On Sunday I reached a milestone in my career. I was on the closing panel at the European Society for Oceanists conference in Munich, and I spoke alongside the much-admired Māori academic Associate Professor Mānuka Hēnare and emerging Micronesian scholar Myjolynne Marie Kim. Before speaking I was proud, worried, excited, and shaken. I had a sense of academic “arriving” and I was shit-scared.
My contribution was really well-received, and I was elated. But we all know that what goes up must come down. And now I have the Post-Hui Blues.
This notion of the Post-Hui Blues was shared with me by climate change activist and artist Huhana Smith. These powerful feelings of disorientation, intellectual confusion, new relationships and fatigue have left me feeling depressed and longing for a quiet moment to reorganise my brain, and strategise new research opportunities. This is my first experience of these Post-Hui Blues, because even though the conference was situated in Germany, this had been my first hui. I was welcomed, embraced and included by the Māori academics from Aotearoa. Together we celebrated our shared Polynesian cultural norms of eating, talking, tracing lineages and creating a pastoral space for scholars who often remain on the fringe.
So how did I come to be positioned within the cradle of this hui?
We were connected through shared institutional training and stories of experiencing the same landscapes. It was a significant moment to sit alongside scholars who had been my teachers, and to do this on common ground. Our shared lineages also played a central role in these new relationships.
I was also incredibly excited by the Māori research design. The academics from Aotearoa were showcasing their innovative research design, powerful applications of emerging theories, and the collective understanding that big ideas need to be actualised to preserve our Pacific environments. I proactively sought membership to this group, because the synergies between my own research were so strong. I wanted to be a part of the kōrero.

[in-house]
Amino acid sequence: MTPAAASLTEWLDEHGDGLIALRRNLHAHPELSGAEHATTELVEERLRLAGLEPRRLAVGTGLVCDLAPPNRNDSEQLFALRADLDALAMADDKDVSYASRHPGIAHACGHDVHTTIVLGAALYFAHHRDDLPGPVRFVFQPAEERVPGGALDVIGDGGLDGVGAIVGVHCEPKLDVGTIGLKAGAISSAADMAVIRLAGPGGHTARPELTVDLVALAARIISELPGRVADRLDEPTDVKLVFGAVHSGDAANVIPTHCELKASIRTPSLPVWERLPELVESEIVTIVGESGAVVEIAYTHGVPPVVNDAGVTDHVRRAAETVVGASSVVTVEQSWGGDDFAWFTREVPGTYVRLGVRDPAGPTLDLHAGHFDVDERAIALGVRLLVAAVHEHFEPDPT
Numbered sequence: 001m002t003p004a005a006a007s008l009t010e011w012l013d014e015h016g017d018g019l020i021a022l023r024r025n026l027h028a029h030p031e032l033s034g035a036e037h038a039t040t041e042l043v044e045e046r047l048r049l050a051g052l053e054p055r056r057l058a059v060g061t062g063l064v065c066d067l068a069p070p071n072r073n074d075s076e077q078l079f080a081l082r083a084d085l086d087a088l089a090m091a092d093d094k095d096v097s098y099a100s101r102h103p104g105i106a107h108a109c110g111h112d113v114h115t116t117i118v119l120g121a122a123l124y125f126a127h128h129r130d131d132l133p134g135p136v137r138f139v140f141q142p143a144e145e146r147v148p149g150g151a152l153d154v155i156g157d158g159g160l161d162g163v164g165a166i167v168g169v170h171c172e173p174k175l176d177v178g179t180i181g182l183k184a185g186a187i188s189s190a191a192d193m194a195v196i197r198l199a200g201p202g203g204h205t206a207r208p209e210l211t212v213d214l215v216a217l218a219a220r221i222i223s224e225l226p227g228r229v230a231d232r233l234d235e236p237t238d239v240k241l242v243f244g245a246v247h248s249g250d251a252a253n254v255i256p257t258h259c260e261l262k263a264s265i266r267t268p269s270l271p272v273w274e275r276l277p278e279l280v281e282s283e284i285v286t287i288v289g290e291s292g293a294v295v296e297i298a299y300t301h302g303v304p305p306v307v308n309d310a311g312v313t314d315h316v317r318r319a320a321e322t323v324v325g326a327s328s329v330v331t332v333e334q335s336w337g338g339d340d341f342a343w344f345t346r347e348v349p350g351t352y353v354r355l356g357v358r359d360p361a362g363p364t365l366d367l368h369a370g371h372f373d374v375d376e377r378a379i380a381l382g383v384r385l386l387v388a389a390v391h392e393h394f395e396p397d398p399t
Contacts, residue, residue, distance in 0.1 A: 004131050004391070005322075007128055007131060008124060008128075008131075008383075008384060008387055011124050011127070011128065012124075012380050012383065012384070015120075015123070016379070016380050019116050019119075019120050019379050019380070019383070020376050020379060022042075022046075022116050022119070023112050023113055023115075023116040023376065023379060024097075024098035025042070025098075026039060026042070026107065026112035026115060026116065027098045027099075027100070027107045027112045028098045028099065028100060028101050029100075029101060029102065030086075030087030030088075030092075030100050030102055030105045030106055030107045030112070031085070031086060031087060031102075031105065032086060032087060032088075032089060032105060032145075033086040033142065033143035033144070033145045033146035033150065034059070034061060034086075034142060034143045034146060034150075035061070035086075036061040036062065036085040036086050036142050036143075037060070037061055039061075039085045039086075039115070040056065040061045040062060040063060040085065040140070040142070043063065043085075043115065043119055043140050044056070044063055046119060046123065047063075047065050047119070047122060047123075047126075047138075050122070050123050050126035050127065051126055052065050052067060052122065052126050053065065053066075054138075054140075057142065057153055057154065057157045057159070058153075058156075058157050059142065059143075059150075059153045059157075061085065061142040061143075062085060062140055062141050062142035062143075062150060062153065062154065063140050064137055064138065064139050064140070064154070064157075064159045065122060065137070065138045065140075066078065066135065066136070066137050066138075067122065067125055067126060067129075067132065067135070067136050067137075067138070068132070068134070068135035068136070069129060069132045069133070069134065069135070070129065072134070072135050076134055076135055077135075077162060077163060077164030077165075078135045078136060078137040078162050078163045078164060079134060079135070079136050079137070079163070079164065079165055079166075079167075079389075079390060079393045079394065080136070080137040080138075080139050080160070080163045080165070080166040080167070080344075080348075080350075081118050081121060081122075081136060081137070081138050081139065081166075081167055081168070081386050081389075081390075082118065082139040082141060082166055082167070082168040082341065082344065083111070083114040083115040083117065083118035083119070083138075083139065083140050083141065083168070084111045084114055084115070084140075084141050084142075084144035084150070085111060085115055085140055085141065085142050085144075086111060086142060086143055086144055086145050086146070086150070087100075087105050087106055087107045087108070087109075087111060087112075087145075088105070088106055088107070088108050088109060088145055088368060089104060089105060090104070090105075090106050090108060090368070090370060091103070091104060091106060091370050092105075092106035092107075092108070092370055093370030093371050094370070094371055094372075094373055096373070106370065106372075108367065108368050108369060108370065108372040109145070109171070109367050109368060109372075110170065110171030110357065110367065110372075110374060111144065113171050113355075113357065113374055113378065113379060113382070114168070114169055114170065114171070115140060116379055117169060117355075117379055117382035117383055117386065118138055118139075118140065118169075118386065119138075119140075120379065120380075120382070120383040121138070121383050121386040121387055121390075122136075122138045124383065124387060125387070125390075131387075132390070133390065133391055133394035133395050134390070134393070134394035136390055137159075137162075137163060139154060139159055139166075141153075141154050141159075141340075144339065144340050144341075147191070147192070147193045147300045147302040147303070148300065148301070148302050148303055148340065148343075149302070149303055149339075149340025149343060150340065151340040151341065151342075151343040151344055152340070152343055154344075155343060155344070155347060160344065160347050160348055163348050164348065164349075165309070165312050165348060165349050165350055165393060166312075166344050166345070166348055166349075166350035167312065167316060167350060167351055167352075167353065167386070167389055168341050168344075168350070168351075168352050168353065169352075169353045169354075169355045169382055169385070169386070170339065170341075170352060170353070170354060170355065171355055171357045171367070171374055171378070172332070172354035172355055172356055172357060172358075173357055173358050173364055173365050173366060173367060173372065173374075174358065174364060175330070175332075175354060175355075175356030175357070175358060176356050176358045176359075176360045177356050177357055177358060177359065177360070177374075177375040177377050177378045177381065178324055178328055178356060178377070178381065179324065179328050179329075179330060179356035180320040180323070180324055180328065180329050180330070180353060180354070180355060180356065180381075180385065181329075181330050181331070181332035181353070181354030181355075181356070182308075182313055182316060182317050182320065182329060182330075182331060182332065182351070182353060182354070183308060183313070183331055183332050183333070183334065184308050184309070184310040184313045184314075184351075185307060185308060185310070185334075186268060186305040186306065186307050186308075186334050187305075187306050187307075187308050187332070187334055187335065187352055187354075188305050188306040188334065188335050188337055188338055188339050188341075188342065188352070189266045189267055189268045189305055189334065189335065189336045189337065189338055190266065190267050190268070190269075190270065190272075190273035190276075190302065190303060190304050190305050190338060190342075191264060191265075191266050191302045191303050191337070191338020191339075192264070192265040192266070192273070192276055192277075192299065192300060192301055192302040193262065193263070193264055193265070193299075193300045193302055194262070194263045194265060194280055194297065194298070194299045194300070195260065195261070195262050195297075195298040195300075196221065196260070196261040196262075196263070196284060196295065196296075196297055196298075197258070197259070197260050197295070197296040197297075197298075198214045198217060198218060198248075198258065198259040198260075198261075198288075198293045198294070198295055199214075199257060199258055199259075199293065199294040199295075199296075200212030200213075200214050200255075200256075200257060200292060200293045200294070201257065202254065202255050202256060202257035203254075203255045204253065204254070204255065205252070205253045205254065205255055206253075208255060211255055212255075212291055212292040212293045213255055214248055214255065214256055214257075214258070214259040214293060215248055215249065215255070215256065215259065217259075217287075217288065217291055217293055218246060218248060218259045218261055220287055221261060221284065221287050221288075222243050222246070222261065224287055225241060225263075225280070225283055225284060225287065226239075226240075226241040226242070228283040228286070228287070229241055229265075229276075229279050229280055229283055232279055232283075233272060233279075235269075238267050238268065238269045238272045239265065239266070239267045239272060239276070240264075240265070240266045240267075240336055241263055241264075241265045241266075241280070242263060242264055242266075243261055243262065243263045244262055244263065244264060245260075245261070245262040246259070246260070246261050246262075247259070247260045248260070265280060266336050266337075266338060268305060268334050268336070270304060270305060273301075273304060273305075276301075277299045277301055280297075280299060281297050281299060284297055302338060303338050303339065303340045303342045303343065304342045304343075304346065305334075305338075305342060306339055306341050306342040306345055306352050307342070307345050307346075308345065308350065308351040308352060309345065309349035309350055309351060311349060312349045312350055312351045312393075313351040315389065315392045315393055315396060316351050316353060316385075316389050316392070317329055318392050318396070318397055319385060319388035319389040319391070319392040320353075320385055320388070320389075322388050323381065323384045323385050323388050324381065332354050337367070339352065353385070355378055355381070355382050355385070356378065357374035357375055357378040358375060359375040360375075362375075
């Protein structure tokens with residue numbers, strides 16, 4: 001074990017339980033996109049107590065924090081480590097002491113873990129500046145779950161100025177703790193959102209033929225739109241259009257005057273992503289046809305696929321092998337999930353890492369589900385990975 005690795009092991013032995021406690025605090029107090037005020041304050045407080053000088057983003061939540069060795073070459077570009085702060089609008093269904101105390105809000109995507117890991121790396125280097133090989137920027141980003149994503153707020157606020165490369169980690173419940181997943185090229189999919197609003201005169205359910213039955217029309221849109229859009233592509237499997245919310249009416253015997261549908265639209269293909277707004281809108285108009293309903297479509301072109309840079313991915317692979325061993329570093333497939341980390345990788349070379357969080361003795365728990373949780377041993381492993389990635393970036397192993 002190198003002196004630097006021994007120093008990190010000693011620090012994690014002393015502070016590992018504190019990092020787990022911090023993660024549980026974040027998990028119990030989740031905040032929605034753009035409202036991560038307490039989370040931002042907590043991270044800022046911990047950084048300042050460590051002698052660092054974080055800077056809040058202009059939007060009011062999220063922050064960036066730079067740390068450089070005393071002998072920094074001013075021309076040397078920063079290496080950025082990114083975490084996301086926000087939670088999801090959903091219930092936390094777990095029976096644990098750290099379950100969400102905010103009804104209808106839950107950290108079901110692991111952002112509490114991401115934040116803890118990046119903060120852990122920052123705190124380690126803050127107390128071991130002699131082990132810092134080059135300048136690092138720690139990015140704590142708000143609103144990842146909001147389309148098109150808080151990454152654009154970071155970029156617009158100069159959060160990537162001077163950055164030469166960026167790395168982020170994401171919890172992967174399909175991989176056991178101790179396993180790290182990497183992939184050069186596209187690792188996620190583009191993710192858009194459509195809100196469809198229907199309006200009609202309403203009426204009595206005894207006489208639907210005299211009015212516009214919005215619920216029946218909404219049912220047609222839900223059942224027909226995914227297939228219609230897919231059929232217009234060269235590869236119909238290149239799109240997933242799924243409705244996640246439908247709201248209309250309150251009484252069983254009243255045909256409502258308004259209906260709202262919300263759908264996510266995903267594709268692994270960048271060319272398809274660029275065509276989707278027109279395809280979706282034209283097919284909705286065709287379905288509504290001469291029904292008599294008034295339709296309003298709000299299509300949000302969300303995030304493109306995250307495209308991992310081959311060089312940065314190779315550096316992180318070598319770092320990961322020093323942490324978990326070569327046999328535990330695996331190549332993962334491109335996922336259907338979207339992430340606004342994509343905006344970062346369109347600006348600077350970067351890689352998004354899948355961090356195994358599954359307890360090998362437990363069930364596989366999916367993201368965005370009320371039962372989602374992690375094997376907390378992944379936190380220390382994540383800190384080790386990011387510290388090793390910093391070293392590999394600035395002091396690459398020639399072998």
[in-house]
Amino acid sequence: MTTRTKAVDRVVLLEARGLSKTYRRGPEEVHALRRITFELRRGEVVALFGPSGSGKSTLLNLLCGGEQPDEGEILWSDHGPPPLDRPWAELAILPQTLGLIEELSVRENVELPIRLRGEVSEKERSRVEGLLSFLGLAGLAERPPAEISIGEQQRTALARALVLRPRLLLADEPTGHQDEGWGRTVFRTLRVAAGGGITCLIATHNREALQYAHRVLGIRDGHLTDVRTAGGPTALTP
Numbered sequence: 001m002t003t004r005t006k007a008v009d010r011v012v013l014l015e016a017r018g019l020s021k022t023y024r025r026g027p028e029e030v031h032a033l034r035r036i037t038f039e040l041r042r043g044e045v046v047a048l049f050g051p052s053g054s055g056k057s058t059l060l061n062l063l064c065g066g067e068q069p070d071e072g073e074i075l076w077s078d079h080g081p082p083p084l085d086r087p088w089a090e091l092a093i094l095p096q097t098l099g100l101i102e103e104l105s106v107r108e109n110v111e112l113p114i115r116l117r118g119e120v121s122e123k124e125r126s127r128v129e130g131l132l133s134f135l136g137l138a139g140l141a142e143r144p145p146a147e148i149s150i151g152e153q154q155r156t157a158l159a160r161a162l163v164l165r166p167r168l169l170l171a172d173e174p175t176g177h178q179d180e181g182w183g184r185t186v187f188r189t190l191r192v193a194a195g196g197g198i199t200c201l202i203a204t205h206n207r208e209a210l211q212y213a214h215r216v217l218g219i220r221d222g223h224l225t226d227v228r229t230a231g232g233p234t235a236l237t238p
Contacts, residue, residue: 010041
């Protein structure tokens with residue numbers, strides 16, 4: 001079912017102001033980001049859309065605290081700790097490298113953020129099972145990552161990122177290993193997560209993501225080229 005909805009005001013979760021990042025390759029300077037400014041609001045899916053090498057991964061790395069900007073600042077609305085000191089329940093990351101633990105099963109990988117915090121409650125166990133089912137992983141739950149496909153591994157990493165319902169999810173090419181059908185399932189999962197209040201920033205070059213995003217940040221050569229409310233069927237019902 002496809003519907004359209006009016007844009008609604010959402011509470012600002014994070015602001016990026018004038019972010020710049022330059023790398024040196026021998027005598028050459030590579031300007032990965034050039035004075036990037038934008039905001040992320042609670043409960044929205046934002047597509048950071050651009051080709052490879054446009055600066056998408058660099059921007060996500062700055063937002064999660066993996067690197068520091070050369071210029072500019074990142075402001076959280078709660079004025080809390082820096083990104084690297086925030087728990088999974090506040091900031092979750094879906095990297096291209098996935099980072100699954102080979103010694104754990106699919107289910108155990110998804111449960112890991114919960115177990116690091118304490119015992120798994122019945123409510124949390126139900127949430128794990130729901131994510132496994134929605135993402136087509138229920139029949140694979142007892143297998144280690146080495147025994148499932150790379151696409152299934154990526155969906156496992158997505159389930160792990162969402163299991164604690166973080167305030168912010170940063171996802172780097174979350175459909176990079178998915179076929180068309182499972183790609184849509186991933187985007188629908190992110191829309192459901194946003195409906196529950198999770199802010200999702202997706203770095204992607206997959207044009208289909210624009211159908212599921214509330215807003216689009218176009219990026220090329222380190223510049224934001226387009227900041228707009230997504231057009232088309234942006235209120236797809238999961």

While there were a few Pacific scholars at the conference, we were not organised in the same way, and our research sat inside of our disciplinary silos. We, the Pacific scholars, lacked the critical mass to tip the conversation in our direction and provide the legitimate voice about our Pacific environments. I was so inspired by the Māori use of collective assemblage at this conference, and I want to extend this new understanding and experience into more work on the idea of collective imagination.
Read Evelyn’s chapter “Shifting Borders”, as published in Fair Borders? Migration Policy in the Twenty-First Century, via E-Tangata.
During the conference, my frustration at our ongoing struggle to prioritise, fund and arrange more Pacific scholars at these events led me to reflect on the framing of the conference. Pacific environments were presented at this conference in traditional western scientific and anthropological discourse. Pacific environments were described in singular, researchable, and publishable ways.
After two days, my disillusionment that these framings still exist in 2017 led me to write a poem. I worked with simple English and Cook Islands Māori words to try to describe the multiple meanings we attribute to our environments. I wanted the European scholars to think more critically about their own positionality in the research of Pacific environments, in the hope that they will seek to reach beyond their own institutional space to find new ways to weave more of a Pacific voice into the discussion.
And so, this is the poem I used to open my panel discussion. In it I try to describe the pain of being both subject and scholar, of being present but also objectified.
My name is Evelyn Marsters
I am a woman, a daughter, a wife, a mother, an aunty and a friend
I am the ocean, a coconut tree and a curious black-eyed moko
I am the grit of sand scratching the inside of your toes
My name is Porutu
I am the dense wet mist that stretches from the reef to the mountain
I am a tiare and a ‘eke
I am the slippery hot black rock that dries your pāreu while you swim
My name is doctor
I am words on page and voice on a stage
I am concrete and windows and roads
I am thunder, rain and drought
My name is va’ine
I am a sexualised, exocitised, commodified body
I am a kiko broom, and a tīvaevae
I am chop suey and ika mata
My name is health risk
I am diabetic, amputuated and blind
I am cardiovascular disease and dengue
I am illiterate, poor and disempowered
My name is dependency
I am colonised, and I am the coloniser
I am PACER Plus, trade agreements and backroom deals
I am a Pacific Environment
Evelyn Marsters has a PhD in Development Studies from the University of Auckland (NZ) and is currently based in Berlin. Her focus is global health and migration, and she is Deputy Editor at Impolitikal. Read more by Evelyn.